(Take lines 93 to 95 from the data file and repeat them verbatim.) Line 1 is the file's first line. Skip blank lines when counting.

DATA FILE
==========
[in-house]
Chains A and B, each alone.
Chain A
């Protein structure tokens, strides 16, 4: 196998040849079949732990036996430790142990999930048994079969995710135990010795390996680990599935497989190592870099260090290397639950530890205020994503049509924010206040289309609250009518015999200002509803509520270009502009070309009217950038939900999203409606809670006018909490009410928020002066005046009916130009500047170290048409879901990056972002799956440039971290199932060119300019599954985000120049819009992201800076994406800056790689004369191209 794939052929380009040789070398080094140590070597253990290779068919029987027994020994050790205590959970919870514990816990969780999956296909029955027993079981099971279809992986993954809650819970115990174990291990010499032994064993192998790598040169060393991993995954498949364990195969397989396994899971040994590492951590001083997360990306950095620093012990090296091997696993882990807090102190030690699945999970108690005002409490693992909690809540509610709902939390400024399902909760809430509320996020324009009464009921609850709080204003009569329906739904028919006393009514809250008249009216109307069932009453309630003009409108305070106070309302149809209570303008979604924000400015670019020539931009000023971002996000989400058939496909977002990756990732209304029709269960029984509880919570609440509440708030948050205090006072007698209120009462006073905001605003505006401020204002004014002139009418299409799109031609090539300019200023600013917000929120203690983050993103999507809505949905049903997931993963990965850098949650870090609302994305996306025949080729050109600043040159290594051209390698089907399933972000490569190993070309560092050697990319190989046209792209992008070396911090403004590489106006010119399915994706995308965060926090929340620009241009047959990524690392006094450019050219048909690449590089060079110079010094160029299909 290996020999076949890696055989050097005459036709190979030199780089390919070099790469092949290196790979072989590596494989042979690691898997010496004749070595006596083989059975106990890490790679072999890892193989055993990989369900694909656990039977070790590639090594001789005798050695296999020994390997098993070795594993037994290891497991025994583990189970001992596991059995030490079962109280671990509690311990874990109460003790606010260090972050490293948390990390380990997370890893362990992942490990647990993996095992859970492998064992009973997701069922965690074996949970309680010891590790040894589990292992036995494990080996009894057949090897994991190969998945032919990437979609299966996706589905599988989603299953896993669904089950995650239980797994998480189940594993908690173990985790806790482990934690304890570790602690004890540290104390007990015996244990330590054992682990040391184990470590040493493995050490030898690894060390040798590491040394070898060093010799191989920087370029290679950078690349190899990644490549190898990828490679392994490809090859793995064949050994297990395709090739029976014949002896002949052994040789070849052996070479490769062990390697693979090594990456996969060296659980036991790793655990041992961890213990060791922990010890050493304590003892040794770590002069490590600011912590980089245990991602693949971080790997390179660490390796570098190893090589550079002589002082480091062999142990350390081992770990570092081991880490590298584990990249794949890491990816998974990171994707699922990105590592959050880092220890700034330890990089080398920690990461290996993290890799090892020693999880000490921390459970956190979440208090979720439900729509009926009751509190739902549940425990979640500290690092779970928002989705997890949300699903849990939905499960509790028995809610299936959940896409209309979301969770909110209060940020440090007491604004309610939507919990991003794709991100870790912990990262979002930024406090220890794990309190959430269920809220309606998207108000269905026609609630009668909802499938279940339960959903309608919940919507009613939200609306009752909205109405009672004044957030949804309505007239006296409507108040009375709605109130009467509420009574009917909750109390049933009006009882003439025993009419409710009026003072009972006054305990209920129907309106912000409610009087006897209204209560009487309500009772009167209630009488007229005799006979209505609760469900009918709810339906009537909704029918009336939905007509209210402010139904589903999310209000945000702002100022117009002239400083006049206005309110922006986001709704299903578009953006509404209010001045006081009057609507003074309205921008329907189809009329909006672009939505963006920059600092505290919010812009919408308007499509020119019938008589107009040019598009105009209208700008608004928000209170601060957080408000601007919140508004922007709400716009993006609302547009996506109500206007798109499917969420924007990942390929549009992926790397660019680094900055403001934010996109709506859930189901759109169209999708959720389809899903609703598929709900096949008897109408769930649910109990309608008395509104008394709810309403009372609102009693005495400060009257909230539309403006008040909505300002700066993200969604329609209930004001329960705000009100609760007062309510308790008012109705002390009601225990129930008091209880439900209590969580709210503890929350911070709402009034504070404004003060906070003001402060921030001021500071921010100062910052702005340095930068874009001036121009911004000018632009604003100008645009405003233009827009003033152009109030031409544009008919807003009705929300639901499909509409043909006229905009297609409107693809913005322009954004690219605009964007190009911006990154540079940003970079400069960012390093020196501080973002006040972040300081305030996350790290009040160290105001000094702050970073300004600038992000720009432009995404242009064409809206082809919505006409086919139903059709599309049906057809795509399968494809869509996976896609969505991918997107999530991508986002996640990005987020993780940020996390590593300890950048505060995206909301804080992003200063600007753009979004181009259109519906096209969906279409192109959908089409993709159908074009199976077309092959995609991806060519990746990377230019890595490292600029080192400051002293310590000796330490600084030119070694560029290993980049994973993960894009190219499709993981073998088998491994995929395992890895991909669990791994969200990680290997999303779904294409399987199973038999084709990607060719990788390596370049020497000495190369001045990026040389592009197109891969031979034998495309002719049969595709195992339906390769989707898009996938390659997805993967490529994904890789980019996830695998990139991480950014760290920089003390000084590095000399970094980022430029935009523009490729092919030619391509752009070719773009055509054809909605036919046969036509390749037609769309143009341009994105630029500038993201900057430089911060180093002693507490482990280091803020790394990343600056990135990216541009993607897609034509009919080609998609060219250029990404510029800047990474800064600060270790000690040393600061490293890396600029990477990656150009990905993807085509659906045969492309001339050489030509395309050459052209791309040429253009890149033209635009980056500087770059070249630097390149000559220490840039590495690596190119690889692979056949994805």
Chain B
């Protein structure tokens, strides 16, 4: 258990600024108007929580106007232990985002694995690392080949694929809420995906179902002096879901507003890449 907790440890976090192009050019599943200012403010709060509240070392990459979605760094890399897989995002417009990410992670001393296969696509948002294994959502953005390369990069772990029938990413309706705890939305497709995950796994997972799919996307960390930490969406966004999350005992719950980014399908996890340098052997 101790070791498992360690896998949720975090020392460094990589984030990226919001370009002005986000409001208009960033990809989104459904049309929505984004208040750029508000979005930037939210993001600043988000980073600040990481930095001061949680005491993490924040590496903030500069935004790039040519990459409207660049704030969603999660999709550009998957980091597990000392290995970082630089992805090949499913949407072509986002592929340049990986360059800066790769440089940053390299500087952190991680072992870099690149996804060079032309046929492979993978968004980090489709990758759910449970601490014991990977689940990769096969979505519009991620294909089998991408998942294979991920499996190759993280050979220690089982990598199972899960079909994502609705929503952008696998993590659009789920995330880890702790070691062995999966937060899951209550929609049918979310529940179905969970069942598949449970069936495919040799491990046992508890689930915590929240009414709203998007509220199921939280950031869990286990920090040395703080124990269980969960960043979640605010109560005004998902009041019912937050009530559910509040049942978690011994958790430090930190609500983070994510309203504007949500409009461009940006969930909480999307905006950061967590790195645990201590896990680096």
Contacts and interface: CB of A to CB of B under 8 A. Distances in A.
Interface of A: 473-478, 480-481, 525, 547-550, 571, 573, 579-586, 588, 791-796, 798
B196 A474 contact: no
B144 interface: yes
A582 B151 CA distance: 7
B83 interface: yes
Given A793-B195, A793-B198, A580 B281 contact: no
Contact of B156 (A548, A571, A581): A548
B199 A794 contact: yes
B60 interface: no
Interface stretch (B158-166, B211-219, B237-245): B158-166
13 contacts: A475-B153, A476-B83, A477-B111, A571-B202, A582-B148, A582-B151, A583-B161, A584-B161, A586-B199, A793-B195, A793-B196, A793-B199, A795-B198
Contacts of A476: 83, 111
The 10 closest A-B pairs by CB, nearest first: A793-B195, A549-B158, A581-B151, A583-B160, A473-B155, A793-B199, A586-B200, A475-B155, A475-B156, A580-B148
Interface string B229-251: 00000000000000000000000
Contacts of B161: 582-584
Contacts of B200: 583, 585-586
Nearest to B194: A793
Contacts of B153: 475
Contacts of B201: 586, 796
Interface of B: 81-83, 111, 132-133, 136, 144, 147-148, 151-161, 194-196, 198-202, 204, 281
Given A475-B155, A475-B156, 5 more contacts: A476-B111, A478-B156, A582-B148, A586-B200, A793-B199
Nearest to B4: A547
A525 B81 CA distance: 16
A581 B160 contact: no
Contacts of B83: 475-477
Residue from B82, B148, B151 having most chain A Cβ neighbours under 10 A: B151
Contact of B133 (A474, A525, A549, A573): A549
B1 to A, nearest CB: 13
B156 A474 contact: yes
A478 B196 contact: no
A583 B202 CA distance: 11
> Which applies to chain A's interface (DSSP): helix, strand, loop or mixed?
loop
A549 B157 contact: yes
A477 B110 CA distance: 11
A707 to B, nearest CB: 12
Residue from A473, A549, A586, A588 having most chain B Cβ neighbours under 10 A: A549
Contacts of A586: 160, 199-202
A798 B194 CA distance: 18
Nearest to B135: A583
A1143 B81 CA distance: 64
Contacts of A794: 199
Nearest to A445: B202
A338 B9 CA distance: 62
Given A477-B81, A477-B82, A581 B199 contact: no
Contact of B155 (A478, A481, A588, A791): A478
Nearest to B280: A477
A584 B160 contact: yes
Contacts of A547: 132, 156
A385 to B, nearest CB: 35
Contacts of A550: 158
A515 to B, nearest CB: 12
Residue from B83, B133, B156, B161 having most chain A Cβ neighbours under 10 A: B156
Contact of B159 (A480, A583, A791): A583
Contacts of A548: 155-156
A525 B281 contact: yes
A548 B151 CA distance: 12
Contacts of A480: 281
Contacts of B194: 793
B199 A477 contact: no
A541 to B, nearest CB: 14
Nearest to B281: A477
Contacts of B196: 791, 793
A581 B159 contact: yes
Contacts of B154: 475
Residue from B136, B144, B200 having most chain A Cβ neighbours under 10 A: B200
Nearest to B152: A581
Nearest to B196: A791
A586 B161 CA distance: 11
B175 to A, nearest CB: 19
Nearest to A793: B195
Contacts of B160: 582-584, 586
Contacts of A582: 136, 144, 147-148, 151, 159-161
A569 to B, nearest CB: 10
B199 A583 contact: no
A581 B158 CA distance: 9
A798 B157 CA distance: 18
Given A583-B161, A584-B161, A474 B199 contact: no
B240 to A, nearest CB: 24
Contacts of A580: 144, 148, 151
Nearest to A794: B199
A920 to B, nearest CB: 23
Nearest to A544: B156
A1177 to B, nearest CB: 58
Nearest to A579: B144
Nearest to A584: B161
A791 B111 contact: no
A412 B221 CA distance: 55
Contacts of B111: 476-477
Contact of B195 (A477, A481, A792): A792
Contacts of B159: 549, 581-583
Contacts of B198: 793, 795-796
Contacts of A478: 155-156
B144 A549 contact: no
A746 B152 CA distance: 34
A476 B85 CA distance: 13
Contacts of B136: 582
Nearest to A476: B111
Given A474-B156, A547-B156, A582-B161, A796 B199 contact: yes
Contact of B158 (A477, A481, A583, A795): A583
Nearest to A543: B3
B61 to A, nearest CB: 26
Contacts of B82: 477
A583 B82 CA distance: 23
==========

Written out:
Nearest to A584: B161
A791 B111 contact: no
A412 B221 CA distance: 55